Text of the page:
AriAnna Thomas ’19 spent part of her summer identifying and solving one of the world’s biggest challenges—India’s urbanization effect. As part of a Careers in Agriculture summer camp at Tuskegee University, she was tasked with writing an essay identifying a country with food security issues and providing a resolution. AriAnna’s essay and recommendations were so well received, that she was awarded a spot at the 25th Annual Global Youth Institute hosted by the World Food Prize Foundation in Des Moines, Iowa, October 17 to 20.
“They told me it had to be seven pages single space, and I told them they were crazy,” she admitted. “But I had heard about the problems in India before, the overcrowding, poor sanitation, and so on, and thought that maybe I could help.”
Her extensive research found that the average family in India only makes enough money to provide two meals per day. She identified how this problem is a result of urbanization. “Through my research, I found out that due to urbanization, India had a lot of problems with food security, as well as pollution, overcrowding, and sanitation,” said AriAnna. “I thought that if buildings could be more spread out, then people would be more widely located around the cities instead of all in one area. I recommended that businesses be offered money to relocate to other parts of the cities. Then they could also offer housing to their workers in those areas and that would help with the overcrowding. I also recommended that ten percent of the land that the businesses were given needed to be reserved for agricultural, which would help the food problem.”
Another part of AriAnna’s recommendation was inspired by her experience being a lead tour guide at George School. “When I give tours to prospective students I’m always asked about our green efforts,” she said. “I talk a lot about the library and fitness center being LEED certified, so I thought that this might be something that could help in India too.”
AriAnna’s research found the Indian Green Building Council, a group whose vision is to enable a sustainable built environment for all and facilitate India to be one of the global leaders in the sustainable built environment by 2025. “I know a lot about LEED certifications from school, so I recommended that the new buildings be LEED certified. That, along with the land being preserved for agricultural needs, would help the pollution and food issues. I thought they could fundraise the money to fund the program,” she said.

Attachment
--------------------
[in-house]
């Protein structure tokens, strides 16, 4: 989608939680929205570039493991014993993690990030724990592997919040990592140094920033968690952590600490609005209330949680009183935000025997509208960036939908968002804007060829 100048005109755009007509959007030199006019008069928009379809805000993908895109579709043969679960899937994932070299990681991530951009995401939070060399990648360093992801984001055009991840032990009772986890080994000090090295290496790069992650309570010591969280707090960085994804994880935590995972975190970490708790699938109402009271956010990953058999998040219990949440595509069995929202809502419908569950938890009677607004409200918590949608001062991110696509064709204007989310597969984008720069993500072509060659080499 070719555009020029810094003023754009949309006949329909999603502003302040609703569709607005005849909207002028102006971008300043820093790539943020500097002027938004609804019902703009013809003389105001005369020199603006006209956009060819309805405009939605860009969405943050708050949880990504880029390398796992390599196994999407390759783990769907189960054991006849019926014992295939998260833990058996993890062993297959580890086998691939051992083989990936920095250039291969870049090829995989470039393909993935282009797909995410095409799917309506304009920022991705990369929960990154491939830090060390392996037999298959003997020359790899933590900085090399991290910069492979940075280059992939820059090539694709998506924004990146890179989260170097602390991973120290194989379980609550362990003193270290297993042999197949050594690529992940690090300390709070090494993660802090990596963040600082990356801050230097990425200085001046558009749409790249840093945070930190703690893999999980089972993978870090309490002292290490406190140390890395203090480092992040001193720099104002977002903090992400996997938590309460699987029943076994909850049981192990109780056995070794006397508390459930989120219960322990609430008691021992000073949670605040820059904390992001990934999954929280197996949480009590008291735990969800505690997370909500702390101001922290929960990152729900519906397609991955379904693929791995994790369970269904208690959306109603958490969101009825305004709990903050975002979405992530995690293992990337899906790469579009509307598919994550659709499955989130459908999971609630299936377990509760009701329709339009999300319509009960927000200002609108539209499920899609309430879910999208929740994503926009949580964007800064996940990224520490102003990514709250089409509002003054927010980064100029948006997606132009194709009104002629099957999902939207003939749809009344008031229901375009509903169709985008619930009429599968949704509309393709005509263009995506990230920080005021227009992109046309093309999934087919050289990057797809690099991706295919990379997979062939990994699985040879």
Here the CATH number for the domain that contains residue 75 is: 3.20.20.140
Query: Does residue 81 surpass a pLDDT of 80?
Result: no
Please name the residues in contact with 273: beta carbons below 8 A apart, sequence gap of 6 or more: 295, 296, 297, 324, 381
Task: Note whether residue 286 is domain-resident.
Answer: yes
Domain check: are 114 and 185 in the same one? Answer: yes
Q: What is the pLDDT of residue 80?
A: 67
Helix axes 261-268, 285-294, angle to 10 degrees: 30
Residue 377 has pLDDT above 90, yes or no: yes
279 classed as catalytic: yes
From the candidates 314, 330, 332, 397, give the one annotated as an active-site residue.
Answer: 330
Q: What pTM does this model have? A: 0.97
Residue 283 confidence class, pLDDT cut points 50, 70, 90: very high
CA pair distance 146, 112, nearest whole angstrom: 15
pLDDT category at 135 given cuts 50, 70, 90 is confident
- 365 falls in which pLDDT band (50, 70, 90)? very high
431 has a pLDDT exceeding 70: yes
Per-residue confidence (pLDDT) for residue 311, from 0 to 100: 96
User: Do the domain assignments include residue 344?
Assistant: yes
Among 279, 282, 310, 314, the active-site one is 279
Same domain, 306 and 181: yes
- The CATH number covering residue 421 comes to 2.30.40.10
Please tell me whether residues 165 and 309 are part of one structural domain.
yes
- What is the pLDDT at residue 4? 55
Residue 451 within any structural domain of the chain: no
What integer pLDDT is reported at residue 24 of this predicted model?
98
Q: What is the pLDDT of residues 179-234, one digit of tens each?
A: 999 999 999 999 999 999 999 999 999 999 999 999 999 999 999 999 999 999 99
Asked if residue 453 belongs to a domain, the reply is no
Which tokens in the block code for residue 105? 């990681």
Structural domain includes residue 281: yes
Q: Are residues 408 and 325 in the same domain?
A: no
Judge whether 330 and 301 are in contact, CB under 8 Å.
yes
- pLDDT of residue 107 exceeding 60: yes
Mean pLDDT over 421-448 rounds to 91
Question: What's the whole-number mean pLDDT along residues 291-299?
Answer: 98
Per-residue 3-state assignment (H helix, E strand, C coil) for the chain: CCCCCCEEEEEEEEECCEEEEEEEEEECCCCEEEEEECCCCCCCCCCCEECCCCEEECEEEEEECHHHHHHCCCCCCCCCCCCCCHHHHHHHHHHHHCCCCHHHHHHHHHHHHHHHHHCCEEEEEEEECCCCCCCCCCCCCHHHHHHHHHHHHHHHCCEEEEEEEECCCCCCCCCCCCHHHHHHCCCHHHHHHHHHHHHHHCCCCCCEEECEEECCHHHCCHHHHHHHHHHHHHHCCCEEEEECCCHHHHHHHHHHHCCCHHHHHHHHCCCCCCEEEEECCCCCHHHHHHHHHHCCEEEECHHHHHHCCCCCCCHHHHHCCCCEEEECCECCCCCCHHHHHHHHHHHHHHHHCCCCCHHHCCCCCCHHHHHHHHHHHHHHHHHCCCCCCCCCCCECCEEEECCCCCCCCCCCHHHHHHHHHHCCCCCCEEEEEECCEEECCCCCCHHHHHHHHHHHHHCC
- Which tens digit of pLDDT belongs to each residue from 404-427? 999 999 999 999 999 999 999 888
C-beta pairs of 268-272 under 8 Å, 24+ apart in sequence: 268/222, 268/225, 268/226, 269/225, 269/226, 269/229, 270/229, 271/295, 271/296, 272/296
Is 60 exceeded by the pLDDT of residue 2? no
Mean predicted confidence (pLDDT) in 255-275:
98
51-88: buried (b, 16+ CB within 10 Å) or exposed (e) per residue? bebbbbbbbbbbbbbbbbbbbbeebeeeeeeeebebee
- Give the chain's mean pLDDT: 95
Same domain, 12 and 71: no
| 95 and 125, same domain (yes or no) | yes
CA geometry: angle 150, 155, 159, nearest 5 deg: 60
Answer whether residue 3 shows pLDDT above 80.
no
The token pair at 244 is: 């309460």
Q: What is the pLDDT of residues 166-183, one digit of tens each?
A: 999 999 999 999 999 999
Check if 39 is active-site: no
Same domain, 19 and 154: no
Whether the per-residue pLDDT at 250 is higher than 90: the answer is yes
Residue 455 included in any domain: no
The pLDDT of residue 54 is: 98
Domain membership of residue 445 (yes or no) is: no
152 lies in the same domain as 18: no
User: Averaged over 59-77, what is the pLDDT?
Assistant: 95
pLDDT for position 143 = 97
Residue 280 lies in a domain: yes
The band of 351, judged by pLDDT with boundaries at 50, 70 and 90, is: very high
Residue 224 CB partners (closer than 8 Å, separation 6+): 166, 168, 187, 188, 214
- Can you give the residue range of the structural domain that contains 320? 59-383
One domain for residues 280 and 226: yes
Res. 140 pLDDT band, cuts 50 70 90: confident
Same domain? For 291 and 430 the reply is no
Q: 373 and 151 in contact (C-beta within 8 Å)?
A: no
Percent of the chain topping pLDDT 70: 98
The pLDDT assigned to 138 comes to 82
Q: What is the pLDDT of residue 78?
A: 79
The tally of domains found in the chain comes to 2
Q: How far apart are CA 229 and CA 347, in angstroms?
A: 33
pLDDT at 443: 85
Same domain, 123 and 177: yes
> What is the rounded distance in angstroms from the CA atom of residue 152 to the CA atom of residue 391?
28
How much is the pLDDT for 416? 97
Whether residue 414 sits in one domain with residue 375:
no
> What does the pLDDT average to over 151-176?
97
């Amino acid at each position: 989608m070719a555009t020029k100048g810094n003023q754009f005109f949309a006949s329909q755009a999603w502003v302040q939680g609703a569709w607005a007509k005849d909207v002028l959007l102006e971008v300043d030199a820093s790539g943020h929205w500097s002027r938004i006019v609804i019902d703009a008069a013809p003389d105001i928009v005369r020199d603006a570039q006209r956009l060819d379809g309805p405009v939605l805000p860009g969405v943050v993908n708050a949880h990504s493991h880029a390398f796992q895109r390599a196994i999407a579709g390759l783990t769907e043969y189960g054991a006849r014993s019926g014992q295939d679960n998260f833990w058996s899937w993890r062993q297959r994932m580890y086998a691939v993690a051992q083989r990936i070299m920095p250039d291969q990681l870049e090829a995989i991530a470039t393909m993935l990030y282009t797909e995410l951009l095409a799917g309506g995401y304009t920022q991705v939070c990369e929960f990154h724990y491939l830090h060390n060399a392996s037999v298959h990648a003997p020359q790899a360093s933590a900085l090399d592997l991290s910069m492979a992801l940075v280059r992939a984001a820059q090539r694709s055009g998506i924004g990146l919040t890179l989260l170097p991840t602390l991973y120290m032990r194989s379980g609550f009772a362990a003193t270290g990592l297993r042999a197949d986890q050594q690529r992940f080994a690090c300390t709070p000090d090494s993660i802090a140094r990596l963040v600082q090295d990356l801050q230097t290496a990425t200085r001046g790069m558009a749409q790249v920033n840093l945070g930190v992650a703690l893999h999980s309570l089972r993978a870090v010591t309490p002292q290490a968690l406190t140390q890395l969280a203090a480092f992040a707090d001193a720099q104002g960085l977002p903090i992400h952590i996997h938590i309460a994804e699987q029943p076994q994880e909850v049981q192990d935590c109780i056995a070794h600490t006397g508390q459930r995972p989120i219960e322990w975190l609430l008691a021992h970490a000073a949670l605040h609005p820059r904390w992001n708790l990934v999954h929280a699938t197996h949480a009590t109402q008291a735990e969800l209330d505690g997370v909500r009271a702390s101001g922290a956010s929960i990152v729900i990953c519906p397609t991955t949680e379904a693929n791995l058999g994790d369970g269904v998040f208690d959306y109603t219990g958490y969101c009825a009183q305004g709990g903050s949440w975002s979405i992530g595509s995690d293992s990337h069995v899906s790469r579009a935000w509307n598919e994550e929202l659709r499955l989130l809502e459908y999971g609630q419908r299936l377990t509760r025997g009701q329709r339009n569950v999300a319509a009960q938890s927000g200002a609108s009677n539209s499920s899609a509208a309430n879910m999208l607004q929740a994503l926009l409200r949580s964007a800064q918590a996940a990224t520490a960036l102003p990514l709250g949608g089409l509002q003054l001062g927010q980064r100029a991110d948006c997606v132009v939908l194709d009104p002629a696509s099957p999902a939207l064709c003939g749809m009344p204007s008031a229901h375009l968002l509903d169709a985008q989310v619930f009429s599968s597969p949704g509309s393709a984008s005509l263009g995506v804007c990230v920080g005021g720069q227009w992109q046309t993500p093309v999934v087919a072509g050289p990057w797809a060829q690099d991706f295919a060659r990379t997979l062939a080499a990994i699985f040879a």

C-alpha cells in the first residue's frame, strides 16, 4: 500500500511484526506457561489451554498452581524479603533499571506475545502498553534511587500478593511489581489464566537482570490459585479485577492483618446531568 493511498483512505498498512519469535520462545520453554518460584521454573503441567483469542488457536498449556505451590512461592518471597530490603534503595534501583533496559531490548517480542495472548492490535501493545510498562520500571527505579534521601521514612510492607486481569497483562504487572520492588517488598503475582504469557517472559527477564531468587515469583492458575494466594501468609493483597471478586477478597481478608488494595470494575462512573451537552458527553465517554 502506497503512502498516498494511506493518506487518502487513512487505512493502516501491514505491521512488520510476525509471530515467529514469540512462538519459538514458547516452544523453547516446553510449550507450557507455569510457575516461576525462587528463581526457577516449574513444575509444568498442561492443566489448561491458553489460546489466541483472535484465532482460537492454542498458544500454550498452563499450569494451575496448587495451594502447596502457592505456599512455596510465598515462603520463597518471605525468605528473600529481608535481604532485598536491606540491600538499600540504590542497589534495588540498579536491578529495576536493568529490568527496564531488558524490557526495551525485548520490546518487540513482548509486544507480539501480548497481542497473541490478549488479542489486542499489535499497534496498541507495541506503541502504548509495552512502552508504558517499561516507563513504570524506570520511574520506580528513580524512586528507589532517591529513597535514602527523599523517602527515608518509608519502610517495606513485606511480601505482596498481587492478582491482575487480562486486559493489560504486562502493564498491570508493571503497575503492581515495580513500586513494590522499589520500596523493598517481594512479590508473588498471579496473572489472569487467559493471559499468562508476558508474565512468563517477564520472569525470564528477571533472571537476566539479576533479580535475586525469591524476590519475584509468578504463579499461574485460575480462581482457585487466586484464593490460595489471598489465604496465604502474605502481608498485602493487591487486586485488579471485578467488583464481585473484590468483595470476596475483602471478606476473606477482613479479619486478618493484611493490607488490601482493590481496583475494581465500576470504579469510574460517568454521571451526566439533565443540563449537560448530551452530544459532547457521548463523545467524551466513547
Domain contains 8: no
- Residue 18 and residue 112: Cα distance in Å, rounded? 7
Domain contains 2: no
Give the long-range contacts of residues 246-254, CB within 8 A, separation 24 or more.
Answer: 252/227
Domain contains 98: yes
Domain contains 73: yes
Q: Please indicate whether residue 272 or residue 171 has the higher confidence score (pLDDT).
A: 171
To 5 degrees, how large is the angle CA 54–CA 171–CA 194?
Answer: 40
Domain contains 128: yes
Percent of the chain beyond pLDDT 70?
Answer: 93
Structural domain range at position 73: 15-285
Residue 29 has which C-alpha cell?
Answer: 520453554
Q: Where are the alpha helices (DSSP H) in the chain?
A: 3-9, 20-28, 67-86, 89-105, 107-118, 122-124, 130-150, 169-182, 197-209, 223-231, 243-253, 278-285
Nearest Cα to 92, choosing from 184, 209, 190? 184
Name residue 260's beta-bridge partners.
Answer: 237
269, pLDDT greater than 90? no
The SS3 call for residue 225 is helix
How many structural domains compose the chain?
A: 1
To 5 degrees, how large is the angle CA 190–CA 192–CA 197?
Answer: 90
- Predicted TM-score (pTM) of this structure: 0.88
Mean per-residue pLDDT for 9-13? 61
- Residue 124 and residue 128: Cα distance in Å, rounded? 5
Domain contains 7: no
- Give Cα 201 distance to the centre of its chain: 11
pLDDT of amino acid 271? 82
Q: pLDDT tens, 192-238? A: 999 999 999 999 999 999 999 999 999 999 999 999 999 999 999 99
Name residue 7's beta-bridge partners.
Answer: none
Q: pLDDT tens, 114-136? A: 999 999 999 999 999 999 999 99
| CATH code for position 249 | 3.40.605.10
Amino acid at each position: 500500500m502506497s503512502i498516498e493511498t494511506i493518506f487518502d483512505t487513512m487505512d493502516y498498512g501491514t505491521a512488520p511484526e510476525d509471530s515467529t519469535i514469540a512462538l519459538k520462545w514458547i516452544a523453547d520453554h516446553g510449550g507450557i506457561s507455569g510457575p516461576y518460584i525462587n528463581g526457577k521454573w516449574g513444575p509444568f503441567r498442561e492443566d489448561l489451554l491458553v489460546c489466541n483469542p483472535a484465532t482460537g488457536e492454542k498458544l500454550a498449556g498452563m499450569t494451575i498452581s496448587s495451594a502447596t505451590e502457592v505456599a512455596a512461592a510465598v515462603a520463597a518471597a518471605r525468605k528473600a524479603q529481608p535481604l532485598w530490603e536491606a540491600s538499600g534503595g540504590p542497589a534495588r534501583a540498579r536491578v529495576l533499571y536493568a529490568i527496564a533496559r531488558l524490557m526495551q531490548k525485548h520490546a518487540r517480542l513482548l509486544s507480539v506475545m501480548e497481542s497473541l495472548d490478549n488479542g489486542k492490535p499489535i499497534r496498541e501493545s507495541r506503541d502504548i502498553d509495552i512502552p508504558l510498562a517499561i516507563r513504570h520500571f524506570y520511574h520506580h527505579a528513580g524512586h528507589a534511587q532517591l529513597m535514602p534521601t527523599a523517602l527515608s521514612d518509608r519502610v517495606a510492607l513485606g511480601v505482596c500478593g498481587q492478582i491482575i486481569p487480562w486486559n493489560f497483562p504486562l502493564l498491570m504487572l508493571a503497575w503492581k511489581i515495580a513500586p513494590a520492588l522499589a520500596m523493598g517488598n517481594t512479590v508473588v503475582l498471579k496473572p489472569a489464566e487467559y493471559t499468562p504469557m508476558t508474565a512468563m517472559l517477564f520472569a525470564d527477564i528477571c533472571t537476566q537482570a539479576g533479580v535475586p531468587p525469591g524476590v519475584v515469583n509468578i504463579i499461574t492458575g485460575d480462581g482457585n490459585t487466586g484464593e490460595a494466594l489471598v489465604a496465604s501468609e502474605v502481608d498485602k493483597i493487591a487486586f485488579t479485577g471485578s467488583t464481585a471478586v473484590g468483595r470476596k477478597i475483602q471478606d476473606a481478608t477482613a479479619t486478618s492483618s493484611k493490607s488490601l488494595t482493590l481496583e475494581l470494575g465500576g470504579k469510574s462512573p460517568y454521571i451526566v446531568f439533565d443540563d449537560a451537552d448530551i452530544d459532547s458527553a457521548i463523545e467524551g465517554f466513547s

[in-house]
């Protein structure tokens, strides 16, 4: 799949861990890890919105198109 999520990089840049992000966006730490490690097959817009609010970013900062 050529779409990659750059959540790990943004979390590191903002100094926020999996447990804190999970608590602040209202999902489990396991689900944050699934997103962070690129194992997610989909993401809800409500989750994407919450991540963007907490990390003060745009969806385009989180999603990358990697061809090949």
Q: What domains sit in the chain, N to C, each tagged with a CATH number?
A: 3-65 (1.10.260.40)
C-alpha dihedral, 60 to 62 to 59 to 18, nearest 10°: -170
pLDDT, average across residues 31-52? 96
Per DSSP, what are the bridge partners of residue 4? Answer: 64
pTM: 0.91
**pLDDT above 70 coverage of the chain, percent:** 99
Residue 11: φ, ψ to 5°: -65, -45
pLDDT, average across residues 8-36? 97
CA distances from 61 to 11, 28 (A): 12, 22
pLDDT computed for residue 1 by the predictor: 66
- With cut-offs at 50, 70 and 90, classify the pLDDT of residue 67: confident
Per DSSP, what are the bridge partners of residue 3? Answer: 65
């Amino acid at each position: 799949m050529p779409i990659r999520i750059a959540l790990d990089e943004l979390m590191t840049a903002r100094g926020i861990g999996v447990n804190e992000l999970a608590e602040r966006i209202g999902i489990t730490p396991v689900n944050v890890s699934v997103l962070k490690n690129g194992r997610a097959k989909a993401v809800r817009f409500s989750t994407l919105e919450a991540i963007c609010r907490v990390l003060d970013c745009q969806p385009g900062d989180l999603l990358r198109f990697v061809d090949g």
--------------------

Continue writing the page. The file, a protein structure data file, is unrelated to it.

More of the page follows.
During the 25th Annual Global Youth Institute AriAnna interacted with young leaders from ten other countries including Brazil, Canada, China, the Dominican Republic, Ghana, Honduras, Kosovo, Mexico, and the Philippines. This year’s featured speakers included Dr. Lawrence Haddad and Dr. David Nabarro, 2018 World Food Prize Laureates; Mercedez Araoz, Vice President of Peru; Olusegun Obasanjo, former President of Nigeria; and Dr. Louise Fresco, President of the Executive Board at Wageningen University & Research Center.
“I can’t believe I got the chance to meet a president and vice president,” said AriAnna. “I was like, this is so cool. All of the speakers were actually really great. That was my favorite part, hearing from so many smart, powerful leaders. I also met some interesting students from all over. That was fun.”
AriAnna is a senior boarding student from Raleigh, North Carolina. Upon graduation, she would like to study nutrition and hopes to become a physical therapist or athletic trainer. In addition to her role as a lead tour guide, she is also a prefect and member of the student activities board.